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I just wonder what the best way would be to help my mom who is on various meds. for various conditions. She has so many to keep up with, and that's very understandable it could become difficult to keep up with. How can I help her with this without coming off pushy or implying she can't do it on her own? Her short term memory has gotten worse over last year, and one med she takes which is preginosone, she is prescribed 3 at one time. Which makes no sense to me, but two times in last couple months she has taken all 3 at one time to close to her other medication time. This scares me to death!! Accidental overdose could be easy if their is not some kind of schedule to keep up with it. Any tips or advice on how you all help your parents with meds. would be great to hear back!
Thanks so much, and hope all have a blessed Saturday:) Kelly

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the best method I'm aware of is the companies that deliver blister packs or other types of containers, with all meds organized and combined for the correct times, breakfast, before dinner, bedtime etc. Its not terribly expensive, I tried to get my parents to subscribe but alas, no go. My mom spends hours each week organizing her meds into the daily calender time boxes. I think she likes it actually. Always been a bt of a hypochondriac.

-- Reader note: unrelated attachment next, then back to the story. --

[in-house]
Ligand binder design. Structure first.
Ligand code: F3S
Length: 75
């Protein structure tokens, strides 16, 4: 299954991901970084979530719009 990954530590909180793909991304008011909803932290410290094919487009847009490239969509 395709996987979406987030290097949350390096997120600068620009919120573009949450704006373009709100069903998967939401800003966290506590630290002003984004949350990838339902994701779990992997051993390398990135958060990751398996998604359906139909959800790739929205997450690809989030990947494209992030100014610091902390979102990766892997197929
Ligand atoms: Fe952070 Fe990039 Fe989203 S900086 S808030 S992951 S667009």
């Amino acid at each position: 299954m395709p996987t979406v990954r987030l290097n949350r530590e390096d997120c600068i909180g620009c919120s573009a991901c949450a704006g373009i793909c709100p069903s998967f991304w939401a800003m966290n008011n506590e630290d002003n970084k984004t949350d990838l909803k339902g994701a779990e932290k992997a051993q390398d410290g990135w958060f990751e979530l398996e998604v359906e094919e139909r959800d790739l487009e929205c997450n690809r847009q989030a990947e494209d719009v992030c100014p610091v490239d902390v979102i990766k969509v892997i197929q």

As dementia gets worse even the delivery service scheme for meds would be unreliable.
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Try pillpack website I've not used it yet but have bookmarked it for the future!
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Sunny and Blannie, you are so right! My mother was only able to take her meds on her own when she was in Independent Living. We had a neuropsych evaluation done and it showed Mild Cognitive Decline. The team who conducted this very thorough, several hour exam were of the opinion that she could continue to self administer, as long as someone else set up the boxes beforehand. My mom delighted in catching my occasional errors!

Sadly, she did not decline gradually but had a left hemisphere stroke which landed her in a SNF.
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I can see how someone with mild decline might be able to write things down and go by the list, but most of the AD patients that I have seen, including my cousin, can't remember to do that. They forget what the color means and even if they read it, their mind can't compute what it means. So, it's not helpful. And what they believe happened and what really happens, is not the same.